There had not been much sympathy for the plight of Muslim community- but the forced cremation of baby Shaykh has changed that. Soon after the news broke men and women clergy from other faiths, rights, activists and opposition politicians gathered outside the crematorium, and tied white ribbons on the gate. Many were from the majority Sinhala community. People have also taken to social media to condemn what happened. Activist and lawyer Thyagi Ruwanpathirana, who was among those who tied white cloth on the gates and tweeted about her experience: “While I was trying it, a mother and daughter duo crossed the road and joined me with their own white cloths. Till I came they were worried someone may be watching. “I couldn’t quite make out what the mother was trying to say at first because we all had our masks on. Then she said, ‘The baby was only two-days-old no? Sin. This way at least my heart will be satisfied.” The whit cloths disappeared overnight, believed to have been removed by the authorities, but the anger did not.

Hilmy Ahmed, the vice-president of the Muslim Council of Sri Lanka, told that it was clear this was all part of a “racist” agenda, targeting the Muslim minority. “The government doesn’t seem to take into consideration the advice of virologists or microbiologists or epidemiologists. This is racist agenda of a few in the technical committee.” “This is probably the last straw for Muslims because nobody expected this little baby to cremated,” he added. “That also without even showing the child to the parents.” But the government denies that the measures are aimed at Muslims, pointing to the fact Sinhala Buddhists are having to cremate their loved ones within 24 hours, which also goes against their traditions. “Sometimes we will have to do things that we don’t like too much,” the cabinet spokesman, Minister Keheliya Rambukwella told. “Everybody has to make some kind of sacrifice during this Covid pandemic. I understand this is a very sensitive issue. Even my Muslim friends are calling me and asking me to help them. But as a government we have to take the decision based on science for the sake of all concerned.”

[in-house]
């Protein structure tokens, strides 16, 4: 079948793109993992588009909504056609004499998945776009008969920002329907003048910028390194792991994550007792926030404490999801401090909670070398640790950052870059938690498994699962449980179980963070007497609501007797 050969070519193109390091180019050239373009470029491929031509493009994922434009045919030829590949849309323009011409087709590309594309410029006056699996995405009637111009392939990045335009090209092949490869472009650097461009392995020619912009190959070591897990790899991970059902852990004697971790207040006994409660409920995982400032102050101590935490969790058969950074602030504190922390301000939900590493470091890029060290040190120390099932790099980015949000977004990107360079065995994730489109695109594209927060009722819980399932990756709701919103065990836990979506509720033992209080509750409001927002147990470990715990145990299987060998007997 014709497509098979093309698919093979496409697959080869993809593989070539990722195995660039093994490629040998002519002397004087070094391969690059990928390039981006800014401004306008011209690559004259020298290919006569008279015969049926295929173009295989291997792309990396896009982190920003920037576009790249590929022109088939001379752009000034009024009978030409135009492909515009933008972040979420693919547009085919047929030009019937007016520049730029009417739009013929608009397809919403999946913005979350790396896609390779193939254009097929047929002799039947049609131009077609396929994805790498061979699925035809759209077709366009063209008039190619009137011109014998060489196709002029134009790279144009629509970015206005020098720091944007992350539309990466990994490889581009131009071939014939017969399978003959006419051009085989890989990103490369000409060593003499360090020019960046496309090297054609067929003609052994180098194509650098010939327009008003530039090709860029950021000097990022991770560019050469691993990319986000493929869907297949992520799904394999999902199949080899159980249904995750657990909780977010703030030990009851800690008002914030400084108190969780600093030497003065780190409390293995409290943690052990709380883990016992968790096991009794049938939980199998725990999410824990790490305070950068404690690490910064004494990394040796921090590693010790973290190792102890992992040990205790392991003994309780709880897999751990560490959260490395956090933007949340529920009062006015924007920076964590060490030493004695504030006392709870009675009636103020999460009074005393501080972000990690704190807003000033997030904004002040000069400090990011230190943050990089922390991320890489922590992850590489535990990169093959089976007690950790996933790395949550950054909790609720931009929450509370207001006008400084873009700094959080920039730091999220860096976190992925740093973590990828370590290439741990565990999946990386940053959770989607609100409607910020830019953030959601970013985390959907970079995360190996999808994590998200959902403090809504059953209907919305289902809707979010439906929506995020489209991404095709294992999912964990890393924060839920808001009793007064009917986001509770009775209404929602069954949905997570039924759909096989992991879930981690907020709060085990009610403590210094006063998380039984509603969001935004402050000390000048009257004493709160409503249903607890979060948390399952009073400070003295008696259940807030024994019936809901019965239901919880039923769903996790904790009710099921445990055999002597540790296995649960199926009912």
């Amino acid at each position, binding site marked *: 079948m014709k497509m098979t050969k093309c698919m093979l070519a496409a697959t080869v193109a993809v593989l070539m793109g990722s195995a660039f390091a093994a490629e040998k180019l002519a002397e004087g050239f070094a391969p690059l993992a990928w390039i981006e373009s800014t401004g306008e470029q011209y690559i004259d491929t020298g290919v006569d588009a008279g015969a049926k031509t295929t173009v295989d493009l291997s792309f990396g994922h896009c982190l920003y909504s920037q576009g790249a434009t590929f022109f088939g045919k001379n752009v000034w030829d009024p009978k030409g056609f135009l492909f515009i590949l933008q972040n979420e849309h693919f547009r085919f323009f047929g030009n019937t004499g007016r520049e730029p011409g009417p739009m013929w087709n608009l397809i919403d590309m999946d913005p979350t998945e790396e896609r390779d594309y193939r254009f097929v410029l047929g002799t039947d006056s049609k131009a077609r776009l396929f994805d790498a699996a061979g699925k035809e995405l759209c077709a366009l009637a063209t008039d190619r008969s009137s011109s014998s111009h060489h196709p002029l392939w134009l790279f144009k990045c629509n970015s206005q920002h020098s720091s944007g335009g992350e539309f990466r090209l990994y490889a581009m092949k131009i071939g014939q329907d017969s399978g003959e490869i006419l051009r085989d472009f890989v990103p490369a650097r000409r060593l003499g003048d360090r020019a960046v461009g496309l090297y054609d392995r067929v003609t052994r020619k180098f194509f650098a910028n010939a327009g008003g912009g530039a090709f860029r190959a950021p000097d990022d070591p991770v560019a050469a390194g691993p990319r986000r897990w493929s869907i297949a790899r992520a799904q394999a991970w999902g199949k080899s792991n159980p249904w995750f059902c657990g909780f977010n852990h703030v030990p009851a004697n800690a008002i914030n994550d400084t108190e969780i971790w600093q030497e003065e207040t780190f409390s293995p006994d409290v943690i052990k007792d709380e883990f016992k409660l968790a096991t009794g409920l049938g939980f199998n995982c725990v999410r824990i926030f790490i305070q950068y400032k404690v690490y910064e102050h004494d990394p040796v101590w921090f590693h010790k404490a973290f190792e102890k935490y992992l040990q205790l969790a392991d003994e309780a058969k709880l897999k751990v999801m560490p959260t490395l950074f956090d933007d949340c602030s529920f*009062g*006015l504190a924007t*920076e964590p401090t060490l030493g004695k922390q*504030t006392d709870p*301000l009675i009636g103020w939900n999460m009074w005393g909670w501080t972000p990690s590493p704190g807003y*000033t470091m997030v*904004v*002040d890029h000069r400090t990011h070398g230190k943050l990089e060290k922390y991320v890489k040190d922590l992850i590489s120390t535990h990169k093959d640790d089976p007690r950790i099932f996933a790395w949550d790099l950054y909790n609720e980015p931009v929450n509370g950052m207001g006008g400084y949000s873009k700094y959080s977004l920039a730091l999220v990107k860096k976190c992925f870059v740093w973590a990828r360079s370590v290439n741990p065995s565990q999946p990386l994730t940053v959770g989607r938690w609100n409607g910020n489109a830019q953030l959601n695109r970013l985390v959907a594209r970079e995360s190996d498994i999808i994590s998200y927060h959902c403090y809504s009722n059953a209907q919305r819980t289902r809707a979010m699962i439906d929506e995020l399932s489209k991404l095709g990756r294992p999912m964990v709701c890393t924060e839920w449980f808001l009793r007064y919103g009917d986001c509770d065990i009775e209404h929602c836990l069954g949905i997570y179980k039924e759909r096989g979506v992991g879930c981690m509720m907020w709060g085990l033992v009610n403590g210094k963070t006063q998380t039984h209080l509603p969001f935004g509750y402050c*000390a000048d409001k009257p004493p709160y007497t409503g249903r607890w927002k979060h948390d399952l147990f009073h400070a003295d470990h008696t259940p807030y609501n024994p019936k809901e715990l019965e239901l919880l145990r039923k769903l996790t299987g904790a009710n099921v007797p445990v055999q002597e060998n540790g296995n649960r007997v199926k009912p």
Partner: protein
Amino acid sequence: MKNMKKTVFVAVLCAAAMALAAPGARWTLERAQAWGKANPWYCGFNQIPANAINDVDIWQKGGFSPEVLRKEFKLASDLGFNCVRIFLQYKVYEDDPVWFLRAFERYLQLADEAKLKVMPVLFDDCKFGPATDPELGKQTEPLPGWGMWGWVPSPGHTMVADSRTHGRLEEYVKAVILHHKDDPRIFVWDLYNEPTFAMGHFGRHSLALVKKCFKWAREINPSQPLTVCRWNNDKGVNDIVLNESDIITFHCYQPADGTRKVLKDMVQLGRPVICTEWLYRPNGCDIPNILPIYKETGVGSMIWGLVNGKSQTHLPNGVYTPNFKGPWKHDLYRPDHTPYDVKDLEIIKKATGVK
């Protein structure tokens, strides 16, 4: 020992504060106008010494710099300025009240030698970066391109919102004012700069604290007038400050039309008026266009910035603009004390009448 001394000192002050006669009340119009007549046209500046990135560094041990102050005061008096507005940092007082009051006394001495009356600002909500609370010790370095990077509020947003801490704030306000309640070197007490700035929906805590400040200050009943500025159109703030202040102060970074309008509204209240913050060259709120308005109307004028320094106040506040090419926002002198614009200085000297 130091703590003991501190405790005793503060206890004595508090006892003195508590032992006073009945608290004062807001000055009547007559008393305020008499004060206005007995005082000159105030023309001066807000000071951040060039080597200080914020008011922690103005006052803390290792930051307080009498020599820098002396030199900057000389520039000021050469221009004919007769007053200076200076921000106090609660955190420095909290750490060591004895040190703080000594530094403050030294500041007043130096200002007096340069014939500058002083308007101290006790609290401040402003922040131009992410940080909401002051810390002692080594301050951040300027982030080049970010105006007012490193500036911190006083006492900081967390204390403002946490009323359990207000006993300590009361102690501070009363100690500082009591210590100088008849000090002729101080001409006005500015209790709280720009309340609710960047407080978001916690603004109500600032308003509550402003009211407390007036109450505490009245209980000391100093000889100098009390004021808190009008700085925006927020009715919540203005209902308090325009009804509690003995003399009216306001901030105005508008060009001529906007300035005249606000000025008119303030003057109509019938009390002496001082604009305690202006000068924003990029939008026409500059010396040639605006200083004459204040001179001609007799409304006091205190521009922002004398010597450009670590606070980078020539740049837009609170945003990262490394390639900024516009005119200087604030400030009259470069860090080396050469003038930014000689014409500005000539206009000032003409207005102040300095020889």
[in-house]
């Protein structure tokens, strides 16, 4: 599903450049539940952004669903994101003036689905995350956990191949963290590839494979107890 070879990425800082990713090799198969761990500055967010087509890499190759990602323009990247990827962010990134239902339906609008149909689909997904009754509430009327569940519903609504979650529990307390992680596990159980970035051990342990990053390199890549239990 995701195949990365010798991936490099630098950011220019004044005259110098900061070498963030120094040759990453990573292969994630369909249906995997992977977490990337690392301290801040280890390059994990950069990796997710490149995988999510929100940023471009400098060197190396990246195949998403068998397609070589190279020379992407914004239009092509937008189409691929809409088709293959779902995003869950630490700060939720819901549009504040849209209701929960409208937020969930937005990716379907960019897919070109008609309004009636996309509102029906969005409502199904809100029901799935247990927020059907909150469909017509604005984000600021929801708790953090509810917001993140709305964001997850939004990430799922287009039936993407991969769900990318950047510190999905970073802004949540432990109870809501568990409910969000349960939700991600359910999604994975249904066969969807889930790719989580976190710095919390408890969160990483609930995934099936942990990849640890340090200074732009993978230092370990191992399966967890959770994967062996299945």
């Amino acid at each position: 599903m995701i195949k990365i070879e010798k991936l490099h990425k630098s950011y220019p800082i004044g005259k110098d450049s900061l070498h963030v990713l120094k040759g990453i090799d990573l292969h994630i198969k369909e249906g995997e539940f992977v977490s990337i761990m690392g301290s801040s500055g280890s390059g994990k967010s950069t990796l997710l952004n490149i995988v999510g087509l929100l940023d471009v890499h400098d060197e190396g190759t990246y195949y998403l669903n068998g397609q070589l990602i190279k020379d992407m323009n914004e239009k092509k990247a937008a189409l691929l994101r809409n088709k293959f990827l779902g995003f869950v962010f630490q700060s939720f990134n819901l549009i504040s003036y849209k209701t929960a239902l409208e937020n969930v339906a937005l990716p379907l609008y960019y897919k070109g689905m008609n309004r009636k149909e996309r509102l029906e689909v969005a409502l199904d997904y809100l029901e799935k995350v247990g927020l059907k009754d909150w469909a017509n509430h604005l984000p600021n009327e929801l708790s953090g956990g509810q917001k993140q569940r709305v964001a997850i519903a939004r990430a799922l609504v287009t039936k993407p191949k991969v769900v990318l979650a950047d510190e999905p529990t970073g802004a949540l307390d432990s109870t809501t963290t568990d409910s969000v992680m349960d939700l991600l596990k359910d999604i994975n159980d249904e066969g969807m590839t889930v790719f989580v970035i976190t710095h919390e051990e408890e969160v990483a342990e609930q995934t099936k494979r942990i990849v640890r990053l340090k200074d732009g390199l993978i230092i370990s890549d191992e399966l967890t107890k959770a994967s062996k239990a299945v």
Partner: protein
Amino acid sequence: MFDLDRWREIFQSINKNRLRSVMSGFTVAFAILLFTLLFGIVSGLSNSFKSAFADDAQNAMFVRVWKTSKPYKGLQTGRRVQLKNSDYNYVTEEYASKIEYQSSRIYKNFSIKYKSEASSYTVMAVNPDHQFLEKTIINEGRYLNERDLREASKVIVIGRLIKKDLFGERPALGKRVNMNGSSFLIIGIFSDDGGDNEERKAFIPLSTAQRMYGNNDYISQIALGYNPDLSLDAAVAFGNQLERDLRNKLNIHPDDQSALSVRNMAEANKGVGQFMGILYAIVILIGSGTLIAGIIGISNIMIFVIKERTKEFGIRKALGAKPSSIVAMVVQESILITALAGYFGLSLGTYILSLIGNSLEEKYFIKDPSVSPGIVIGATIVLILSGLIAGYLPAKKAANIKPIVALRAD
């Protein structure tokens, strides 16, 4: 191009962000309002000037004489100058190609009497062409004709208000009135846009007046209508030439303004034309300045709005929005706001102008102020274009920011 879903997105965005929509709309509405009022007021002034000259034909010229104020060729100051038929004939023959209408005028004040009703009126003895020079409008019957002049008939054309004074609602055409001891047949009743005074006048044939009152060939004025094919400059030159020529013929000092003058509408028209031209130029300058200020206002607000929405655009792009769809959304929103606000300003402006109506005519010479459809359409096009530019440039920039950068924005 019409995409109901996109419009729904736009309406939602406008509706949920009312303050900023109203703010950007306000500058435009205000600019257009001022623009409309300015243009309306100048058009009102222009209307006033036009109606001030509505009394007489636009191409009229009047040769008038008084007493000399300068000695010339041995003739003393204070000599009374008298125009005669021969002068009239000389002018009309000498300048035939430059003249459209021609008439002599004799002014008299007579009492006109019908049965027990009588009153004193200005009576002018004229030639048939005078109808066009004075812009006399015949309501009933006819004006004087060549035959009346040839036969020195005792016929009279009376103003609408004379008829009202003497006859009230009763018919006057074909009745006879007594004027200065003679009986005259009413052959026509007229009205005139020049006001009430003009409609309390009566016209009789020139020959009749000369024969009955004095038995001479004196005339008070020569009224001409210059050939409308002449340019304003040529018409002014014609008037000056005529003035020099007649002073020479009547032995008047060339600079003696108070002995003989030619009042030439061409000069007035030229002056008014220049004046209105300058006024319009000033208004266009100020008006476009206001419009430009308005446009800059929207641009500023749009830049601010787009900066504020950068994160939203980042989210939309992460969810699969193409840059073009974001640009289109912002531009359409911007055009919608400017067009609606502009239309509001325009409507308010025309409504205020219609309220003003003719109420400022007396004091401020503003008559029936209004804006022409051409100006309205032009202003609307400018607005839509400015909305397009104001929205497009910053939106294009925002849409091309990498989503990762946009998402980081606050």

Prime Minister Mahinda Rajapaksa has meanwhile instructed the authorities to find a suitable dry land to bury those dying from coronavirus, his office said in a statement. Mannar in northern Sri Lanka is thought to be considered by the authorities as a possible location. But it is not being seen as viable by the Muslim community- many of them were driven out of there by Tamil separatists in 1990. They fear that burials there will cause more tension. And Mr. Ahmed has dismissed the offer as “a carrot they are holding every time the pressure” increases. After all, the prime minister has issued similar instructions before, but Muslims are still being cremated. Meanwhile Mr. Fahim says that he still can’t come to terms with what happened to his baby son, Shaykh. “My only wish is that no other person should go through this pain. I don’t wish any other child to experience what happened to my son.”